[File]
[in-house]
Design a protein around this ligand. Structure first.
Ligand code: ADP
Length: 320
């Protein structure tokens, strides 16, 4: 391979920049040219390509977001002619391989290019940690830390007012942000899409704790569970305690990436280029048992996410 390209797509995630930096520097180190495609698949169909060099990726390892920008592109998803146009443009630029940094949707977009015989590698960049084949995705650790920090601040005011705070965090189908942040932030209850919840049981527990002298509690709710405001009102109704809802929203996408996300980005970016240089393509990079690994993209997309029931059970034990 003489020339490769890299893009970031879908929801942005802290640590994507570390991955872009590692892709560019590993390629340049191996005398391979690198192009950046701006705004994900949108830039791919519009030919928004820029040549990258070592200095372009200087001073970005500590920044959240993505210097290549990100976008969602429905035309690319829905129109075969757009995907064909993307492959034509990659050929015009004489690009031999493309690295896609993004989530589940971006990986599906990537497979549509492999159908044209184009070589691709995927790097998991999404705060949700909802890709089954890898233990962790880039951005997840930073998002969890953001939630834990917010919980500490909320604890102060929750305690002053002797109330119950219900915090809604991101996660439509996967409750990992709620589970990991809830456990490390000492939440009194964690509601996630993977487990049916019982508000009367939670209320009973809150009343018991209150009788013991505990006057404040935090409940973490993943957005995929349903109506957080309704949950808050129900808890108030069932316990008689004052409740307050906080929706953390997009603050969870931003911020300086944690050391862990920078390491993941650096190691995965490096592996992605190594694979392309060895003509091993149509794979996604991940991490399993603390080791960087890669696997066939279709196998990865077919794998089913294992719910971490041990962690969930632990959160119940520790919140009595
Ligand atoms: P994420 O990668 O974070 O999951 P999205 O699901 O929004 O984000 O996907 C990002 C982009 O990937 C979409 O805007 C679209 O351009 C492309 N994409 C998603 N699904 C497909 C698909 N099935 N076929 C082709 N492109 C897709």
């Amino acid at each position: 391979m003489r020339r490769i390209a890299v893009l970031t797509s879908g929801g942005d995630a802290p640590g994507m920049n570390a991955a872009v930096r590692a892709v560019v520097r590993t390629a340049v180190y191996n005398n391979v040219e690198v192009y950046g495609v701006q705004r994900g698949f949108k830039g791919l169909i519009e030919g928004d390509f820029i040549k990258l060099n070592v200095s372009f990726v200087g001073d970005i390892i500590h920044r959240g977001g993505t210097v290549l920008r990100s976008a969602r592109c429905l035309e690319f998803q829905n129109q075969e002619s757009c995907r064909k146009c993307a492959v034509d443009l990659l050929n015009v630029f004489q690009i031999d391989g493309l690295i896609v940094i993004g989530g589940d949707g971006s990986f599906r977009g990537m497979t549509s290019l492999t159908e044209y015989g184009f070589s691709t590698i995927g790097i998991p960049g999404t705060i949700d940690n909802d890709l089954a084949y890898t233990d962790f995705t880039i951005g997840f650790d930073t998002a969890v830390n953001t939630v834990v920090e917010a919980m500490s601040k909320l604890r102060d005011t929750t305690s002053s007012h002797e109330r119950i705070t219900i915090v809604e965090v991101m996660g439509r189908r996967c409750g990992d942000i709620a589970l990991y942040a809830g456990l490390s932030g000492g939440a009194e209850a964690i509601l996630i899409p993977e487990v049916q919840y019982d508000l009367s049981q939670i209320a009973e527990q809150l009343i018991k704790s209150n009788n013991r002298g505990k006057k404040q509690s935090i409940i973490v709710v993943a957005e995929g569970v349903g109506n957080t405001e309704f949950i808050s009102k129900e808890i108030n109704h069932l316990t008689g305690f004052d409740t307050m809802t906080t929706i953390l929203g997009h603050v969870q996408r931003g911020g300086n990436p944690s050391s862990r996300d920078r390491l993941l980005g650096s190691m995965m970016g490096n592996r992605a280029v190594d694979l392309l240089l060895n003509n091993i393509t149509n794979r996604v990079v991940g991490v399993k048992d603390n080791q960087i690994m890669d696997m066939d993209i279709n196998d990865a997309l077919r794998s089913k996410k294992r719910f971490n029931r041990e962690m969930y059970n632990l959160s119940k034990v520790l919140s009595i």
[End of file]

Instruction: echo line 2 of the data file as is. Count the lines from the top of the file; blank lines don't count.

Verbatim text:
Design a protein around this ligand. Structure first.